'Green Lantern': Ryan Reynolds' CGI suit, by Ngila Dickson
As 2011 comes to a close, EW.com wanted to honor some of the hardworking names and faces from behind the scenes for their outstanding achievements. Hired to design costumes for Green Lantern, one of 2011’s most anticipated blockbusters, Oscar winner Ngila Dickson (The Lord of the Rings: Return of the King) found herself in an interesting position. She had to abandon age-old techniques and design Ryan Reynolds’ pivotal superhero suit entirely in CGI. Read on to see how Dickson rose to the challenge. For more behind the scenes access to the year’s best TV and movie scenes, click here for EW.com‘s Best of 2011: Behind the Scenes coverage.
As told by: Ngila Dickson
Originally, [Reynolds’ costume] was going to be built [the old-fashioned way]. Then it was decided that the costume should be done CGI. As a costume designer, somebody used to building things, that was quite a challenge. We were just trying to find a new way into the idea of a superhero. There was a part in the script when the Hal Jordan goes to the planet Ryut and his body was inspected. I thought, “What about a costume that comes from the body inside out?” It was [inspired by this idea of] bringing the life force to the outside of his body.
At that point, I really decided to understand how you would build something like that in 3-D. My first encounter was with Lord of the Rings, working with Weta [Digital (co-founded by Peter Jackson)], working out movement for cloaks and pieces like that. Of course I was incredibly aware of it and what the possibilities were, and also very conscious of where the film is branching into real film, real build, and now this very strong visual effects world. I was incredibly curious about my role as a costume designer in that.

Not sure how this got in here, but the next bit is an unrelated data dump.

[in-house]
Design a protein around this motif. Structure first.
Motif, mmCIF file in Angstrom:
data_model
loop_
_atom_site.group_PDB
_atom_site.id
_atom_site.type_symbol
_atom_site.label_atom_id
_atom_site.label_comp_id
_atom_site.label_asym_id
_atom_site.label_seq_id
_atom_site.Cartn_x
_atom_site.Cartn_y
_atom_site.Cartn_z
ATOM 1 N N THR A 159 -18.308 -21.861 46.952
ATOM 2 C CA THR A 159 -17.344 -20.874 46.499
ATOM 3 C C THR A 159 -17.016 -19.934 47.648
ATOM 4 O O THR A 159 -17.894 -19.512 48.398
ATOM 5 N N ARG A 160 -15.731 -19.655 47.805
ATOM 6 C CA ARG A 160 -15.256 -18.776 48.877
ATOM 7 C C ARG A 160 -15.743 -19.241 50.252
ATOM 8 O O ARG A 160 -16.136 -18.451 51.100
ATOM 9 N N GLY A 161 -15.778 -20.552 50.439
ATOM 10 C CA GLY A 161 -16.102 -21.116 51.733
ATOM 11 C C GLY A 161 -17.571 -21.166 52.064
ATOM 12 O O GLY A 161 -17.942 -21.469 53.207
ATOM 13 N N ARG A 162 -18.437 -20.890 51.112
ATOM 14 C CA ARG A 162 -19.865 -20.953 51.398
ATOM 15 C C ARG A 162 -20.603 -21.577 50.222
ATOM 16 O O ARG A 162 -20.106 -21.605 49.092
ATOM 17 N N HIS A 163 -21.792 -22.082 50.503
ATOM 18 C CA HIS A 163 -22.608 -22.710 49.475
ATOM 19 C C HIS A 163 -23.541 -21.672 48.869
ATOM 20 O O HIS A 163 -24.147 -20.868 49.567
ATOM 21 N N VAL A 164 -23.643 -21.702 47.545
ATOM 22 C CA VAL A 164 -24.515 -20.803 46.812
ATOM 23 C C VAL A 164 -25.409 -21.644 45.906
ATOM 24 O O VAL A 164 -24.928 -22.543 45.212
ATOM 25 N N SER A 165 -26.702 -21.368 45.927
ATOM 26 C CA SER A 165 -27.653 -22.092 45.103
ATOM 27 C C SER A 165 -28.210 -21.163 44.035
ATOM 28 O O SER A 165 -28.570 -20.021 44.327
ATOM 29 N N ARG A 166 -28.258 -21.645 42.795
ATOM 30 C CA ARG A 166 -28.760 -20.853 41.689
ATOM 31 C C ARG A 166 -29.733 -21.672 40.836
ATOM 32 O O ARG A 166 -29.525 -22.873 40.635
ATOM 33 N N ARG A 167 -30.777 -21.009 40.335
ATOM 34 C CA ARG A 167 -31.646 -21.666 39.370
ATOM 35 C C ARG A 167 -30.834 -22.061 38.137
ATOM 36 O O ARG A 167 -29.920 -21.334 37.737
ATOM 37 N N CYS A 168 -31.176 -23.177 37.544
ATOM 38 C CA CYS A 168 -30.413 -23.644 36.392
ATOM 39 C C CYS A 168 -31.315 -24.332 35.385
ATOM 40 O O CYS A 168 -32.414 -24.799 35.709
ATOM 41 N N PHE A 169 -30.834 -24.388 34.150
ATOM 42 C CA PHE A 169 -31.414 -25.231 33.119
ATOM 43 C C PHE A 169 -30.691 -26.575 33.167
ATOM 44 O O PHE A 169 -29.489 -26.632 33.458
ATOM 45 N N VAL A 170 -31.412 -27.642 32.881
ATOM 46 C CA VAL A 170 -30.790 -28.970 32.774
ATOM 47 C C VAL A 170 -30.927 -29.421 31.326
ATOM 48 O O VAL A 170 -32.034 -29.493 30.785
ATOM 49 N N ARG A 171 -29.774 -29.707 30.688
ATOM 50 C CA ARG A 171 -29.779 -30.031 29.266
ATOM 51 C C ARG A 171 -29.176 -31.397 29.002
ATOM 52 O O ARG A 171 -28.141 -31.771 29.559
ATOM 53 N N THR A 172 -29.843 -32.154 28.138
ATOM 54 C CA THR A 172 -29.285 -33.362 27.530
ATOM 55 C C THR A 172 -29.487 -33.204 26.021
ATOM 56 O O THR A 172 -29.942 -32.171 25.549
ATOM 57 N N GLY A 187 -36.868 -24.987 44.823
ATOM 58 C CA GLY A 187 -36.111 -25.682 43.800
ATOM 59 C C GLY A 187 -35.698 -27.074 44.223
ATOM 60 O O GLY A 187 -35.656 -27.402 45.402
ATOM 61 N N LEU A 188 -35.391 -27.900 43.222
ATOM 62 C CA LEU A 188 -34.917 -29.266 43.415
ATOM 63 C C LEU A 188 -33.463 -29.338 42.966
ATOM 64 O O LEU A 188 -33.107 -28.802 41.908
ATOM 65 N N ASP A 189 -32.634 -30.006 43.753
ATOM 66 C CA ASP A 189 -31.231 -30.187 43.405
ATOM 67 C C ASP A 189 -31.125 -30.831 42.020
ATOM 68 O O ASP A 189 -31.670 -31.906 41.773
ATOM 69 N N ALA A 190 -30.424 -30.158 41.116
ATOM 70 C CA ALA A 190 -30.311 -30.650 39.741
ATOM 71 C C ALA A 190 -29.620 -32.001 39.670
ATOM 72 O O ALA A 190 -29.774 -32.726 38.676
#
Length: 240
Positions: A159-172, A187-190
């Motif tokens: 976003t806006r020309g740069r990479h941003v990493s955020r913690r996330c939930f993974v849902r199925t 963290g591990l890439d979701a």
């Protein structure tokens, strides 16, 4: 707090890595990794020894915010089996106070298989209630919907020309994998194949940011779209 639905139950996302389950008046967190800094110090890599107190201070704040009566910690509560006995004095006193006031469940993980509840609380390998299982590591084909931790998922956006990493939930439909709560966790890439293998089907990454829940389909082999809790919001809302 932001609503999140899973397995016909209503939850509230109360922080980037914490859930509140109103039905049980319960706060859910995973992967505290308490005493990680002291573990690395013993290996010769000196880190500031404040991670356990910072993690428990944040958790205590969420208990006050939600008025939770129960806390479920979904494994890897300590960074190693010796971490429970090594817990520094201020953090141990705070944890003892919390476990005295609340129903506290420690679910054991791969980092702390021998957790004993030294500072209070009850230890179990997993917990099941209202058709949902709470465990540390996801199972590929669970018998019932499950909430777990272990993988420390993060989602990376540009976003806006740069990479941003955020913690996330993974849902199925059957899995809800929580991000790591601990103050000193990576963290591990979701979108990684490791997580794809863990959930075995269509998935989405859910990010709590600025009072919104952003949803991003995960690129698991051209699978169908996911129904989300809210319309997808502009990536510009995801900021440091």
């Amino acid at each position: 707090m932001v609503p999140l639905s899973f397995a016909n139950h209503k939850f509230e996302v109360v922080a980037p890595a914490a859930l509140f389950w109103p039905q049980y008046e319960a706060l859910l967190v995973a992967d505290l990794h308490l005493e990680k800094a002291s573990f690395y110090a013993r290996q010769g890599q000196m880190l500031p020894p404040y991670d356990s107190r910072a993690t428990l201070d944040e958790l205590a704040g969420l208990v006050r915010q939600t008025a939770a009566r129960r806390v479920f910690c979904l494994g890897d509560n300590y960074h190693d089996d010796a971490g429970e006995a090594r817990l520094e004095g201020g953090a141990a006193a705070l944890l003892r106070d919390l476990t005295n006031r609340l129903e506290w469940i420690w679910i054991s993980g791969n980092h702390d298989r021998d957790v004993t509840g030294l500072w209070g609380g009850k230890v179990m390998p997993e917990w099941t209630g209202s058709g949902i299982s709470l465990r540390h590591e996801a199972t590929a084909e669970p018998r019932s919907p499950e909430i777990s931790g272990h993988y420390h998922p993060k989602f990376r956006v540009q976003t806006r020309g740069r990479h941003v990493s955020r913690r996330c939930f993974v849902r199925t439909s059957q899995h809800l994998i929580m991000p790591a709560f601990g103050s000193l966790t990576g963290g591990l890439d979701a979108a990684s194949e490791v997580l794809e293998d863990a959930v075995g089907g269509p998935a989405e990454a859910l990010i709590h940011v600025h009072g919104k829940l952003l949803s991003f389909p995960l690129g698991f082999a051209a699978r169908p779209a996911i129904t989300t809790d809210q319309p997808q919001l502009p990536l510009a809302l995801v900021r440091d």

I worked with some great illustrators, and we were literally doing like what you would sculpt in a studio, but we were doing it with a computer. In many respects, we were following all the same principals, but you never got the tangible result that you get from the build you do in a costume house. I found that whole process very exciting, and I feel like I’m not done with it yet.
It’s the first time I’ve taken it to that level. I love doing those big films. I love how complicated they are. More recently, I just finished Mr. Pip, an independent film directed by Andrew Adamson [The Chronicles of Narnia] in Bougainville, Papua New Guinea. I wanted to go back to doing a small movie, to remind myself about the build. Some costume designers have a genre, I want to be incredibly open. You’re going to bring something from one of those areas to the table and hopefully give it a different view.
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